Panel and Practicum / “The Virtual Sentence,” with Brian Dillon, Jeff Dolven, Jan Mieszkowski, Sally O’Reilly, and Elena Vogman

Date: Friday, 17 January 2020, 6 pm
Location: Cabinet, Ebersstrasse 3, Berlin (map and directions here)
FREE. No RSVP necessary.
Facebook Event

Behind every sentence stand the sentences it might have been. We have more actual sentences than ever, but it is this repertory of our virtual sentences—the other structures, other turns of argument and phrase, thought before spoken or written—that is impoverished. This panel tests the assumption that the choices we make at the level of sentence construction are a model, and a school, for the capacity to think flexibly and counterfactually; that syntax defines both limits and possibilities for the ethical and political imagination.

We need a new pedagogy of the sentence, one that emphasizes experiment and alterity, that populates the virtual space around the actual utterance. The evening’s speakers present a suite of exercises toward a rescue of the form from dogmas of efficiency and completeness, five takes on the philosophy of the sentence by way of five practical experiments.

Drinks will be served. Guests should bring their own sentences, and will be invited to make more on site. Specimens of special interest may be submitted in advance to

Please note that the event will be conducted in English.

About the Participants
Brian Dillon’s books include Essayism (Fitzcarraldo Editions, 2017), In the Dark Room (Penguin, 2005), and Objects in This Mirror (Sternberg Press, 2014). He is UK editor of Cabinet, and his writing has appeared in frieze, Artforum, the Guardian, London Review of Books, the New York Times, and The New Yorker. He is Professor of Creative Writing at Queen Mary University of London, and Visiting Professor in Writing at the Royal College of Art. His book Suppose a Sentence will be published by Fitzcarraldo Editions in autumn 2020.

Jeff Dolven teaches poetry and poetics at Princeton University. He is the author of Senses of Style (The University of Chicago Press, 2018), Scenes of Instruction (The University of Chicago Press, 2007), and, for Cabinet Books, the admittedly hasty Take Care (2017); as well a volume of poems, Speculative Music (Sarabande Books, 2013). He is also an editor-at-large at Cabinet.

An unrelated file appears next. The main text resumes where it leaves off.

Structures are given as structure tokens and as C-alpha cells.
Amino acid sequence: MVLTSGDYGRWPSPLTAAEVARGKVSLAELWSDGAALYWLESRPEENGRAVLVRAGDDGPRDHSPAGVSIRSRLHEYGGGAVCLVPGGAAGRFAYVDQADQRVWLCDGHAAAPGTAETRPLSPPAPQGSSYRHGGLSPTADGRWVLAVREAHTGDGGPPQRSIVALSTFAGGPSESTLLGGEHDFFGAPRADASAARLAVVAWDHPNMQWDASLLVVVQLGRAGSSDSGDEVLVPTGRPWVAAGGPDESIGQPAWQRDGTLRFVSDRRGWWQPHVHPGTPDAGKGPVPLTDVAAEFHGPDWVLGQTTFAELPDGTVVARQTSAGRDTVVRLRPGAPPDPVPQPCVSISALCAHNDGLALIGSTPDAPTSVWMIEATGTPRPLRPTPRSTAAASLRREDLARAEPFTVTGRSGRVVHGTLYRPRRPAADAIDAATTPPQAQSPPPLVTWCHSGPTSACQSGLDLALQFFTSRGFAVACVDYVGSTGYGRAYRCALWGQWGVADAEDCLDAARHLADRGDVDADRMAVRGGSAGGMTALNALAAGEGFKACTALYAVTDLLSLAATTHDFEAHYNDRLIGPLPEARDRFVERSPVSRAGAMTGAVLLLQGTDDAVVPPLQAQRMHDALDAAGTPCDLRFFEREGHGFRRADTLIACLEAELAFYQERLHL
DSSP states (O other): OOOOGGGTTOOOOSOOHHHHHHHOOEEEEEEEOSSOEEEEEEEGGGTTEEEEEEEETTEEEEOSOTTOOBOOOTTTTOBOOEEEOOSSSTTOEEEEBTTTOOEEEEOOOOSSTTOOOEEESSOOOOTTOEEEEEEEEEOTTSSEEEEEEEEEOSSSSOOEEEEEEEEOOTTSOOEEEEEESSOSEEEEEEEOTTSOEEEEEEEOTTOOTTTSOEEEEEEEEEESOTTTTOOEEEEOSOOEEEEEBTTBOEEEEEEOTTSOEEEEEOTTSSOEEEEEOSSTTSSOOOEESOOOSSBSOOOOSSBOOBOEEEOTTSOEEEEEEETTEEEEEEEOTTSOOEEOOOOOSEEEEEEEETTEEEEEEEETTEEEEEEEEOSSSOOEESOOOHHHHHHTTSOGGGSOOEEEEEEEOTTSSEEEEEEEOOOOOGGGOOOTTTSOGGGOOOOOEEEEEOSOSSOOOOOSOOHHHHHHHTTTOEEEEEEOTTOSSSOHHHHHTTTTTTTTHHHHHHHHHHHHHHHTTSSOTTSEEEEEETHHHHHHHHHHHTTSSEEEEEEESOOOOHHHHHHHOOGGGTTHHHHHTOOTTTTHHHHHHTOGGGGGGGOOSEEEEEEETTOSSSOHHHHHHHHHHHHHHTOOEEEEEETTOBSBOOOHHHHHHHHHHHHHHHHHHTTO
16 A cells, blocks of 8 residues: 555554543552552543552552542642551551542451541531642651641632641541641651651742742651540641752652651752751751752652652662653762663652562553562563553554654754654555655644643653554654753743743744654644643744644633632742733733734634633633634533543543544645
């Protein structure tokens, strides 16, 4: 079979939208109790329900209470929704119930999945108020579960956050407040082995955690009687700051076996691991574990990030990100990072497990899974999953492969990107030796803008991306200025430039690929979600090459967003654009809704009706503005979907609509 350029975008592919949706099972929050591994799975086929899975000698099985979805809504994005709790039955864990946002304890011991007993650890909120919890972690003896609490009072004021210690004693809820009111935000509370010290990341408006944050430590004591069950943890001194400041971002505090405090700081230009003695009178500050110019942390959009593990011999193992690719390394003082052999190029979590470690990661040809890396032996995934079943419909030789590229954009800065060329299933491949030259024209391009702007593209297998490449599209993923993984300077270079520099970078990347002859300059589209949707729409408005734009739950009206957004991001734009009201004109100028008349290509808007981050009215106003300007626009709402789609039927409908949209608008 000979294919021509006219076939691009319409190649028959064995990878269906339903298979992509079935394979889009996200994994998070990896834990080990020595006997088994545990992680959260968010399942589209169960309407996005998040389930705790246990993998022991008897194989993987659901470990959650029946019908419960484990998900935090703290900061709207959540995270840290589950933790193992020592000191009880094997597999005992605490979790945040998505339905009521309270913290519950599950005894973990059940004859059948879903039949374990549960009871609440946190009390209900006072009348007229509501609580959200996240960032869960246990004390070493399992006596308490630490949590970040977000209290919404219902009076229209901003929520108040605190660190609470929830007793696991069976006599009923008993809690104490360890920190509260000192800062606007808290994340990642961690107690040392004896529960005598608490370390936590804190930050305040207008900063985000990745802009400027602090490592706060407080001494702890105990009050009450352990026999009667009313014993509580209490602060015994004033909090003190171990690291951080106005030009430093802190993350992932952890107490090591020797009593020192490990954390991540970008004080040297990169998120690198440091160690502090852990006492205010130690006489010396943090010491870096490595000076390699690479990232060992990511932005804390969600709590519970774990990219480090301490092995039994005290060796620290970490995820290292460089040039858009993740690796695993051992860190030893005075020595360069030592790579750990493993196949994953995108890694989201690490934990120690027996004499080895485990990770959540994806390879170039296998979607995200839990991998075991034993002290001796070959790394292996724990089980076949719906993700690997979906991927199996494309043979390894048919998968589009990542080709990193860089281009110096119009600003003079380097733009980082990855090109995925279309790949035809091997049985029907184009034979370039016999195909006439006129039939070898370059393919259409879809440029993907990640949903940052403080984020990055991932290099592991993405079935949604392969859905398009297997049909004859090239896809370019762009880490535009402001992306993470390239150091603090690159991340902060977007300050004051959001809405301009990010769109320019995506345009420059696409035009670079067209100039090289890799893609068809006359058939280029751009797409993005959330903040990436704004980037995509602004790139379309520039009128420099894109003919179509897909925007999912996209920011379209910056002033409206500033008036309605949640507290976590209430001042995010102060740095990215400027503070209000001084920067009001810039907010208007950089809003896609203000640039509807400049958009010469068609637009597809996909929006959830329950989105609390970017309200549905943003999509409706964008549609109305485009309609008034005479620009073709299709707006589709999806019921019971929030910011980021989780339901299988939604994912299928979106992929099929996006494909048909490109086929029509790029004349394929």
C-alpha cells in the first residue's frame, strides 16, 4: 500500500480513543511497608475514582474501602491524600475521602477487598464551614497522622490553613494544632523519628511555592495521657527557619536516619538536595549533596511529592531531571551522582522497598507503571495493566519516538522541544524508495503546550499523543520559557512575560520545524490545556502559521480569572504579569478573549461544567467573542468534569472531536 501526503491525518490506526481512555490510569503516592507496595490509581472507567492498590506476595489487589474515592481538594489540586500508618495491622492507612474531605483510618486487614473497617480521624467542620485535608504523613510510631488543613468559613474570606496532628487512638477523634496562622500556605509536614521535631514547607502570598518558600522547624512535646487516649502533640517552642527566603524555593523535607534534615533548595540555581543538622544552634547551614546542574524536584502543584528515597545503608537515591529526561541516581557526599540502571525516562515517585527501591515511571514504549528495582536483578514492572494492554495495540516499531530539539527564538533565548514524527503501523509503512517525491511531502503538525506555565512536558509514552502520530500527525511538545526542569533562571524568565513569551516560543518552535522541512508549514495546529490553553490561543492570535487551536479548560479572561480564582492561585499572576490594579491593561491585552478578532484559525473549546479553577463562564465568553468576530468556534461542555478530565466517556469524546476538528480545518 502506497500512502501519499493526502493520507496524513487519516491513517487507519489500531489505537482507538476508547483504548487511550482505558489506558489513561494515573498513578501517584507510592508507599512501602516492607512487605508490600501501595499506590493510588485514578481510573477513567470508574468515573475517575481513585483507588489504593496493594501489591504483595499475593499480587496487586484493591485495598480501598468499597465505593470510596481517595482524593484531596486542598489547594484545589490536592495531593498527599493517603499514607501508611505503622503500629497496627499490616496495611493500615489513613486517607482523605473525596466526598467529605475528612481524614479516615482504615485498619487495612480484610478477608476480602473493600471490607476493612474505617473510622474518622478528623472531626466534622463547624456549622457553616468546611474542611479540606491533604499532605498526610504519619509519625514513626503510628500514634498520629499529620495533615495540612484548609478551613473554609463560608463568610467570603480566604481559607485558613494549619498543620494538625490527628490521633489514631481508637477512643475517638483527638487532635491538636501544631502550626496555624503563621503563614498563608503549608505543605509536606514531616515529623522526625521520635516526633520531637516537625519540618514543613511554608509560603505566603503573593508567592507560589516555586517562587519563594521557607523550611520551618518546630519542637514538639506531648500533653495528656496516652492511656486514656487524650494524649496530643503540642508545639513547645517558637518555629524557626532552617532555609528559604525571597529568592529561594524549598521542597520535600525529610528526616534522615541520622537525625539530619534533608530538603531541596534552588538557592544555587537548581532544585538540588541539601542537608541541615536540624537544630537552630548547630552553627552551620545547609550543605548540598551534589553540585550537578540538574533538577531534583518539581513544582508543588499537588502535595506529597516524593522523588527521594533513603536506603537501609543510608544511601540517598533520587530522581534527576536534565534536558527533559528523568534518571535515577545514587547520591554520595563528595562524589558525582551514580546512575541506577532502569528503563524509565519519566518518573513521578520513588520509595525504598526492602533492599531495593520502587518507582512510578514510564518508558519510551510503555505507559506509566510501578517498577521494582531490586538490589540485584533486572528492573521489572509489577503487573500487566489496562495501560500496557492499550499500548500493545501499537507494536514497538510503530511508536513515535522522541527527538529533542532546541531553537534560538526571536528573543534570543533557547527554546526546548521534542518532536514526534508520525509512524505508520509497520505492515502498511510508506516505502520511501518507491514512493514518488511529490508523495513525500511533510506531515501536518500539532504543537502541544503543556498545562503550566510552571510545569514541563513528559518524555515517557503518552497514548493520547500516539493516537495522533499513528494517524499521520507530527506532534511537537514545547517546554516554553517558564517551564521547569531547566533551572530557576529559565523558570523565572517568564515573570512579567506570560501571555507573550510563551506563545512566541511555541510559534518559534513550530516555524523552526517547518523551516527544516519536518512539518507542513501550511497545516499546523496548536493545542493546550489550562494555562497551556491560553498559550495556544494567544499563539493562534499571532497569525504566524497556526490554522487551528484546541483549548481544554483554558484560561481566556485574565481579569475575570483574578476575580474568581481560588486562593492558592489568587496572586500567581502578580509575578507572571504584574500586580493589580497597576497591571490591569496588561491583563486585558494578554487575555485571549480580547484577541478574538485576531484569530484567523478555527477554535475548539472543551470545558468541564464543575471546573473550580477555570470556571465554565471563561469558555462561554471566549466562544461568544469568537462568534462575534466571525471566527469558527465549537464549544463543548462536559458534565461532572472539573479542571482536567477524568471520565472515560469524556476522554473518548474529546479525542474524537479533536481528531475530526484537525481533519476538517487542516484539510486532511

Jan Mieszkowski is a professor of German and comparative literature at Reed College. He is the author of three books of criticism: Crises of the Sentence (The University of Chicago Press, 2019), Watching War (Stanford University Press, 2012), and Labors of Imagination (Fordham University Press, 2006). He is currently at work on a study of the political economy of flowers.

Sally O’Reilly writes for publication and performance in magazines, galleries, lecture theaters, opera houses, industrial greenhouses, open-air swimming pools, train tabletops, bathing machines, and caravans on dairy farms, among other venues. Publications include the novella The Ambivalents (Cabinet Books, 2017) and the novel Crude (Eros Press, 2016). Opera libretti include The Virtues of Things (Royal Opera, Aldeburgh Music, Opera North, 2015) and She Described It to Death (Royal Opera, July 2020).

Elena Vogman is a literary scholar, theorist, and independent curator. She has published two books: Sinnliches Denken: Eisensteins exzentrische Methode (Diaphanes, 2018) and Dance of Values: Sergei Eisenstein’s Capital Project (Diaphanes, 2019). She currently teaches at the Art Academy Weißensee in Berlin and is working on a research project on critical psychiatry and language at the Bauhaus-University in Weimar.